The lawns that grow out from the central fountain are freshly mown and the wet scent of Spring clover is spread by the Spring breeze. In the shaded patio under the slatted roof they sit in a pool of quiet that is only shaken by the rumble of distant dump trucks coming down the Skyway from Paradise. Those truckloads of ash and plastic and other detritus of the fires are bound somewhere, somewhere out there beyond the orchards of Orland and the great greening rice paddies of the central valley. None of this is their concern. They are only concerned with sitting together in the pool of quiet as the last Spring unfolds around them.
Her hands are almost skeletal but her rings of turquoise, moonstone, and opal are still on her fingers. Her skin is glassine and is easily abraded and made raw. When this happens the place where they are must call in a night nurse from another organization since they are not permitted to render even the service of bandaging without permission. Most of the time when he notices these injuries he doesn’t bother the institutions that shelter her. He takes out his kit from the car and does what he can, but she’s quick to injure and slow to heal.
In the gardens, the days are long and the years are short but they stay in the hour and find each breeze a pleasant and cool surprise in the slatted shade of the patio. There are others living at the gardens but most are confined to their rooms by their bodies or their minds and are seldom seen. For the most part, the gardens and the lawns are theirs.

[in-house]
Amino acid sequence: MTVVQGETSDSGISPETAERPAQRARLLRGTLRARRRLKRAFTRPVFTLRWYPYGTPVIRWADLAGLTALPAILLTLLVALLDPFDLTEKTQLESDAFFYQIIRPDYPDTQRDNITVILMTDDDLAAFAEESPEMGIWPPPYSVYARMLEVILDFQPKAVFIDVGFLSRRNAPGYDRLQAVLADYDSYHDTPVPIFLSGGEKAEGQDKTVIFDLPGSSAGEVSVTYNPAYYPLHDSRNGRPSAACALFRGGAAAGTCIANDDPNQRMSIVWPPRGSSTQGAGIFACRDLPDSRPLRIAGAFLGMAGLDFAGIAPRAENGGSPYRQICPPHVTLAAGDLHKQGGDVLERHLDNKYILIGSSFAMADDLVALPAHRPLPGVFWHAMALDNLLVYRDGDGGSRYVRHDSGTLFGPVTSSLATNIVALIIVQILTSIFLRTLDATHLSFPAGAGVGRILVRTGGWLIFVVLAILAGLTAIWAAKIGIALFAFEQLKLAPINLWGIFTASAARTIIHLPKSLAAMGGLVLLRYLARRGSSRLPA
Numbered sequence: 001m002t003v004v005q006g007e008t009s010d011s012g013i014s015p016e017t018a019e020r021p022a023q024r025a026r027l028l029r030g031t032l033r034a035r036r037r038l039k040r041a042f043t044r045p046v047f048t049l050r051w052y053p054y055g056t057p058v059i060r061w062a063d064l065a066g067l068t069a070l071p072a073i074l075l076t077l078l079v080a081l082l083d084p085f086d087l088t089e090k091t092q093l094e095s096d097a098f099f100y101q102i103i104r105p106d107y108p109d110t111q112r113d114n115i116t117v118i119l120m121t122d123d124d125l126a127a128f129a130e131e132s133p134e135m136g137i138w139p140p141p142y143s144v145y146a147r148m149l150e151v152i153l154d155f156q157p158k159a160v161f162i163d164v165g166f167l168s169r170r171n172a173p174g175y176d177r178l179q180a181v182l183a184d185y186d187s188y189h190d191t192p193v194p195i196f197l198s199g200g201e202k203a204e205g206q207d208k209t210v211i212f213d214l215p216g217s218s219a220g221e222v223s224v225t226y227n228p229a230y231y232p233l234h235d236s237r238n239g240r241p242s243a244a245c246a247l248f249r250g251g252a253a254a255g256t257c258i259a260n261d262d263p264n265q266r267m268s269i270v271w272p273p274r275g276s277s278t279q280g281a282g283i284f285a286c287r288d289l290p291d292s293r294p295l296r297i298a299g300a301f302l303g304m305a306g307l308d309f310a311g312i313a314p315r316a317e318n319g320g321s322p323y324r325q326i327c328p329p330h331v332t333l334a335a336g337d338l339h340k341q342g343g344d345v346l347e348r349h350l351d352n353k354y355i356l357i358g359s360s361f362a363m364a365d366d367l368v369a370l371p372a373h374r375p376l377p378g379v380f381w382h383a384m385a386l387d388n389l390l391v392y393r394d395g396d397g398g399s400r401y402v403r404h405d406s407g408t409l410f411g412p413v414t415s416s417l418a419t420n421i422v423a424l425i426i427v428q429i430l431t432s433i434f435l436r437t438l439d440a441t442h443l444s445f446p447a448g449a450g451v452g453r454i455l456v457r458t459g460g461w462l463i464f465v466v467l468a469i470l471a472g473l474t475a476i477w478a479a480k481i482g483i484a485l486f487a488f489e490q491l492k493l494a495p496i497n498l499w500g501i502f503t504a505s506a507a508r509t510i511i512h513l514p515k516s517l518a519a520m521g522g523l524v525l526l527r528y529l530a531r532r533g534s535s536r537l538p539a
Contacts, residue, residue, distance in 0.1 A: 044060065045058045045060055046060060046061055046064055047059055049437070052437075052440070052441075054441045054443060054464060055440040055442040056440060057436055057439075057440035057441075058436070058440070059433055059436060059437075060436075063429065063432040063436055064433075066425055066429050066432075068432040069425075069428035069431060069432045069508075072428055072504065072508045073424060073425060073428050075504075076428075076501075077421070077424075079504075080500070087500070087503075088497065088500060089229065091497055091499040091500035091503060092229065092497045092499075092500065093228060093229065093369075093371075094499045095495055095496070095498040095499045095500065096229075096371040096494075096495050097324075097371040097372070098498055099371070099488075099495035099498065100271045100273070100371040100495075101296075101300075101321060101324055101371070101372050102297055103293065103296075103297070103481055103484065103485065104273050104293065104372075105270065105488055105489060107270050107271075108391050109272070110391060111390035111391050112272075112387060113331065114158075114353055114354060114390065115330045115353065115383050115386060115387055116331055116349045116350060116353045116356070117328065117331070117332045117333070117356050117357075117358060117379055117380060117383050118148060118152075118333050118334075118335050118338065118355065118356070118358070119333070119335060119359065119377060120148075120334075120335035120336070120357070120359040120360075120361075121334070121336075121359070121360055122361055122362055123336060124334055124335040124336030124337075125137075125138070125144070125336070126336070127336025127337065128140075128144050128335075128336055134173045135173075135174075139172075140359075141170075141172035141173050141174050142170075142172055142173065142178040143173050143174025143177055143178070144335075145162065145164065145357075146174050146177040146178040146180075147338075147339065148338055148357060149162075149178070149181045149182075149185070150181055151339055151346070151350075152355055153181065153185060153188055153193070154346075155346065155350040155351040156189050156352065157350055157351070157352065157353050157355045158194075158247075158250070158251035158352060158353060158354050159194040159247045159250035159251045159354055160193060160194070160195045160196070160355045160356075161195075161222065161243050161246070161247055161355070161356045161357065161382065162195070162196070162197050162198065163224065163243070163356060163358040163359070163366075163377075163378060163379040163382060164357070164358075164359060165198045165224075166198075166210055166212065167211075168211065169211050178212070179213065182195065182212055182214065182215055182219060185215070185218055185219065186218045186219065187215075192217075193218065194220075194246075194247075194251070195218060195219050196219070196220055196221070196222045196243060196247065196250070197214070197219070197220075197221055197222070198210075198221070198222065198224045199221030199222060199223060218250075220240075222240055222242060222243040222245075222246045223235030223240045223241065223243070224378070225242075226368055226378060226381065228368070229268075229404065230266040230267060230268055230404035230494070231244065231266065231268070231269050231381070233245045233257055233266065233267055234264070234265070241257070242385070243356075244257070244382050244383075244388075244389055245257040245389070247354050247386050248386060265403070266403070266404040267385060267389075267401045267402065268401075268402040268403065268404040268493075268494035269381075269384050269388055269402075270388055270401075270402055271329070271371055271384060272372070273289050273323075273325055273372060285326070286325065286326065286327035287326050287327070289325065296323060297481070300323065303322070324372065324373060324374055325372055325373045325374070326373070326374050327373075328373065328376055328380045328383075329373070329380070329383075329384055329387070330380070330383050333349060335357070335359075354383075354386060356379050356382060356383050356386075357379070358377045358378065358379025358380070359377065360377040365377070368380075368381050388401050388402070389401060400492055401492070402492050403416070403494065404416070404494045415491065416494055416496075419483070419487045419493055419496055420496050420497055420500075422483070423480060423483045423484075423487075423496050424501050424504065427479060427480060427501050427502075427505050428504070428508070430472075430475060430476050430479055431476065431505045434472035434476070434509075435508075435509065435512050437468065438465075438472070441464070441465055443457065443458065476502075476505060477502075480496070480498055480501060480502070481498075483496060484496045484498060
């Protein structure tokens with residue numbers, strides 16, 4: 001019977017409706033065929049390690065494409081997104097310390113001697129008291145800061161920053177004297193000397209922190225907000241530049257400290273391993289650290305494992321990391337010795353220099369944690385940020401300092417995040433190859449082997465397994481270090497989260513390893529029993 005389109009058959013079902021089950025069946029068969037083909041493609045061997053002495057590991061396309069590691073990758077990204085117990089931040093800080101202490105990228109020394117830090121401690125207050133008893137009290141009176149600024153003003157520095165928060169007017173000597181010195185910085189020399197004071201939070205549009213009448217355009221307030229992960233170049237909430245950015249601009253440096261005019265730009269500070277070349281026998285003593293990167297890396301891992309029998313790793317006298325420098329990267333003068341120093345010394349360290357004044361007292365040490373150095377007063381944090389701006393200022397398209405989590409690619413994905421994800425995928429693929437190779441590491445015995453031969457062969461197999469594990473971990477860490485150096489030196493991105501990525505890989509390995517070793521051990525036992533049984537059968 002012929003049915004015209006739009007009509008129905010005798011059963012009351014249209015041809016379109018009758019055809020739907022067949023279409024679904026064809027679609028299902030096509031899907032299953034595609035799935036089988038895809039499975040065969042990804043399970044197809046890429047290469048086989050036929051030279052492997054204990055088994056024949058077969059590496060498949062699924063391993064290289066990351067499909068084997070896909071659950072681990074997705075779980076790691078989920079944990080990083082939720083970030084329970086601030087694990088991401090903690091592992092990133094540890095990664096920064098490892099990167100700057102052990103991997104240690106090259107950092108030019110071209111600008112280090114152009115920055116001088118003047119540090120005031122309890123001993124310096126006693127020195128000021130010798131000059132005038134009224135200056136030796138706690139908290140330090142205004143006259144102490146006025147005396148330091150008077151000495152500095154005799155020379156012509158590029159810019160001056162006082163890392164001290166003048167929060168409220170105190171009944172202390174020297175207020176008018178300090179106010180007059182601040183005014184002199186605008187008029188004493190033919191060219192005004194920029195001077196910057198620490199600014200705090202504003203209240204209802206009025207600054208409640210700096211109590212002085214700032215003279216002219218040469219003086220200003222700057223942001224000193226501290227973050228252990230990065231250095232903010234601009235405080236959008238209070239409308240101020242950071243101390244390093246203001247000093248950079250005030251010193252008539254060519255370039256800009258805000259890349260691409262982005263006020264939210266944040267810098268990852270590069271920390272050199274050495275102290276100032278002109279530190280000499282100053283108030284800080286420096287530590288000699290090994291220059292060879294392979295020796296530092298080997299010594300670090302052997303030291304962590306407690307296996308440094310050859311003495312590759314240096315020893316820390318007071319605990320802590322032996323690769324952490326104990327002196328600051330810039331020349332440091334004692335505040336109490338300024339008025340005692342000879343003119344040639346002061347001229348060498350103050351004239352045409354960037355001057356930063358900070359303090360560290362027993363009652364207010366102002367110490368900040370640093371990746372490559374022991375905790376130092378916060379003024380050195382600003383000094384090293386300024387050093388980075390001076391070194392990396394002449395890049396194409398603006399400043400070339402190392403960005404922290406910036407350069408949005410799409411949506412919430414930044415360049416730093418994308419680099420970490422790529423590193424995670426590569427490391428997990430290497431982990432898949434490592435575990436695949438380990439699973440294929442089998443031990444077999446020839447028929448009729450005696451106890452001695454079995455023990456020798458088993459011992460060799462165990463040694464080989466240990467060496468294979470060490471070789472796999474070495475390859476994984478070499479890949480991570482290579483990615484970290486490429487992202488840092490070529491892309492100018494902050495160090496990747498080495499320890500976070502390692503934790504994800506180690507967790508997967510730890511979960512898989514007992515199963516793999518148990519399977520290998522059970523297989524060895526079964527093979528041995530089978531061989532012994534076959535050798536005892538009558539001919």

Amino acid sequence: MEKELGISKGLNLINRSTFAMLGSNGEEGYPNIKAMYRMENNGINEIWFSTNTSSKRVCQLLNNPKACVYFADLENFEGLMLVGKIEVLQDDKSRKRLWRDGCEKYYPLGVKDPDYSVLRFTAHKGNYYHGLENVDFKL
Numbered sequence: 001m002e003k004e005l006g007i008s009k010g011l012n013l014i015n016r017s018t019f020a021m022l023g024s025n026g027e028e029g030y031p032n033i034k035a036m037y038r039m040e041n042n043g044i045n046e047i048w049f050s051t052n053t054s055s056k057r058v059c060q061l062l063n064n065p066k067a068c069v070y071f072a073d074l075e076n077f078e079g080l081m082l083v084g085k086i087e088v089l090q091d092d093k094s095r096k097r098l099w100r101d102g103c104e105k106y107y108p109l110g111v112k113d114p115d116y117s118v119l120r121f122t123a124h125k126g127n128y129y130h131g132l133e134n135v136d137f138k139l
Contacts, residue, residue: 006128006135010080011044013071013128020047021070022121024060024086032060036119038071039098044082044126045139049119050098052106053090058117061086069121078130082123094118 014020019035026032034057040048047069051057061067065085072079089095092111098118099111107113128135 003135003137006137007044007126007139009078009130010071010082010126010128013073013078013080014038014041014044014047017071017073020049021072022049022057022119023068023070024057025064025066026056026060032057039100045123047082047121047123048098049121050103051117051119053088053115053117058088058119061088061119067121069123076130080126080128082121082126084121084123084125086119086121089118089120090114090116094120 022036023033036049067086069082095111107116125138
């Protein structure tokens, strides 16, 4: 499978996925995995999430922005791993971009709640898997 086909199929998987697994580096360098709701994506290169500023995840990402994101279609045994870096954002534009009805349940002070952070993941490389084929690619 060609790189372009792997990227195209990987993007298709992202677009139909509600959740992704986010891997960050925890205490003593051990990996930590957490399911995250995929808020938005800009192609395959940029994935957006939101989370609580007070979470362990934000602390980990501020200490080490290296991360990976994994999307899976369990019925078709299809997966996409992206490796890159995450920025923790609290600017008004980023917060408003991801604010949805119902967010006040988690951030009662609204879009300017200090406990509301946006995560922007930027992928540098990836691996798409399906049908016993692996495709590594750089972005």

“I think that’s a strange tree over there by the street. It’s all shaggy on the trunk and then it has that spiky hairdo on top.”
“It’s a palm tree. A big one.”
“Oh yes, a palm tree. I see that now.”
She has her hands folded together in a kind of handshake so that she can know where her hands are when she needs them.
“Can I please have some cranberry juice?”
“Sure thing,” and he places the spill-proof cup with the flex straw in her hands and watches carefully as she drinks, ready to catch the cup should it slip from her lips. This time it does not.
There is nobody else in the gardens and nothing at all is happening in the gardens. Nothing, at any rate, that can be seen.
And so they sit there next to each other. After a while he holds her hands and pats them, thinking to himself, “Oh dear. Oh dear. Oh dear.”
In the gardens the sun is warm and the May breeze is cool. And even though evening is coming on, the afternoon is as good an afternoon as anyone, at this late date, is likely to get.